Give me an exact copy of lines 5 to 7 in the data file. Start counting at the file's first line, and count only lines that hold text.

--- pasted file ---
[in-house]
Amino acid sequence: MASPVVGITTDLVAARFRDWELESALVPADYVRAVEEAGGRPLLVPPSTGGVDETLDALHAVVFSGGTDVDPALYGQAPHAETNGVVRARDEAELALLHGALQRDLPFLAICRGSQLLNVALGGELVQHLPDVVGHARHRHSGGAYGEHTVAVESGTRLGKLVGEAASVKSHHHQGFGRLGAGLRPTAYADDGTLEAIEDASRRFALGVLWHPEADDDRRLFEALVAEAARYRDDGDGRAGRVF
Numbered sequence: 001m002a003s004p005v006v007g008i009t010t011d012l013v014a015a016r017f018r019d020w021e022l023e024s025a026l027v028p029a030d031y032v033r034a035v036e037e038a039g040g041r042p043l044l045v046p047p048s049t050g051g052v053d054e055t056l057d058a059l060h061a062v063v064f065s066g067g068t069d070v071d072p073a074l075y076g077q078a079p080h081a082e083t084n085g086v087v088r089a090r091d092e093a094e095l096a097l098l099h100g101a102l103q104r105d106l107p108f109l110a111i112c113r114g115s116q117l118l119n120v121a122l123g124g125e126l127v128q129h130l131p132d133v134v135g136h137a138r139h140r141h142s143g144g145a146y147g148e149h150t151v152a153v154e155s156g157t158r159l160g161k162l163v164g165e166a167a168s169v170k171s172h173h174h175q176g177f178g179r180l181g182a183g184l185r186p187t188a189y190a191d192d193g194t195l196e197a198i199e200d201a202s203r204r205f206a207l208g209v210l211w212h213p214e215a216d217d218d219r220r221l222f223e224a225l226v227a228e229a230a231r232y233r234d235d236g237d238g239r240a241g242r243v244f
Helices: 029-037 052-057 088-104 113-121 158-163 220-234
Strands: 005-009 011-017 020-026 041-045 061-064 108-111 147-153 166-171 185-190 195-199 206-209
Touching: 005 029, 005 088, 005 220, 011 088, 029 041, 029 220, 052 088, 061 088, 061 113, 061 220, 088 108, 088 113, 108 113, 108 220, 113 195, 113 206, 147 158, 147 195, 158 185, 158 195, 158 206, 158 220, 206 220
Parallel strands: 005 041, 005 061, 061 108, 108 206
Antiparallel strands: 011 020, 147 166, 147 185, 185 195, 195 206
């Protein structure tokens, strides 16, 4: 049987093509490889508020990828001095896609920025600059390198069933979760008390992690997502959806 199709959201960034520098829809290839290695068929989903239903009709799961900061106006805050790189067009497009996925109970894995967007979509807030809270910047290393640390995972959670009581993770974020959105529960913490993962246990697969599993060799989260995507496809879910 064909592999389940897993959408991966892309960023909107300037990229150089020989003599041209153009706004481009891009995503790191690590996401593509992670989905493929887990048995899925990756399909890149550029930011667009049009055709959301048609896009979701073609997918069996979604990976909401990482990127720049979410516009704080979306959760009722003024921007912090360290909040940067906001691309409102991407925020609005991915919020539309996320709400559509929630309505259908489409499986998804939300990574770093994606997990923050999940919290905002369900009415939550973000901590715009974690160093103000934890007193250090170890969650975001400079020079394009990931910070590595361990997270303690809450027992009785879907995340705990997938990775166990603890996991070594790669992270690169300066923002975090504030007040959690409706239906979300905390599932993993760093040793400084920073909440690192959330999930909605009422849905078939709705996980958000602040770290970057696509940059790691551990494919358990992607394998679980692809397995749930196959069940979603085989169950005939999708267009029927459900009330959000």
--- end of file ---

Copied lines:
Strands: 005-009 011-017 020-026 041-045 061-064 108-111 147-153 166-171 185-190 195-199 206-209
Touching: 005 029, 005 088, 005 220, 011 088, 029 041, 029 220, 052 088, 061 088, 061 113, 061 220, 088 108, 088 113, 108 113, 108 220, 113 195, 113 206, 147 158, 147 195, 158 185, 158 195, 158 206, 158 220, 206 220
Parallel strands: 005 041, 005 061, 061 108, 108 206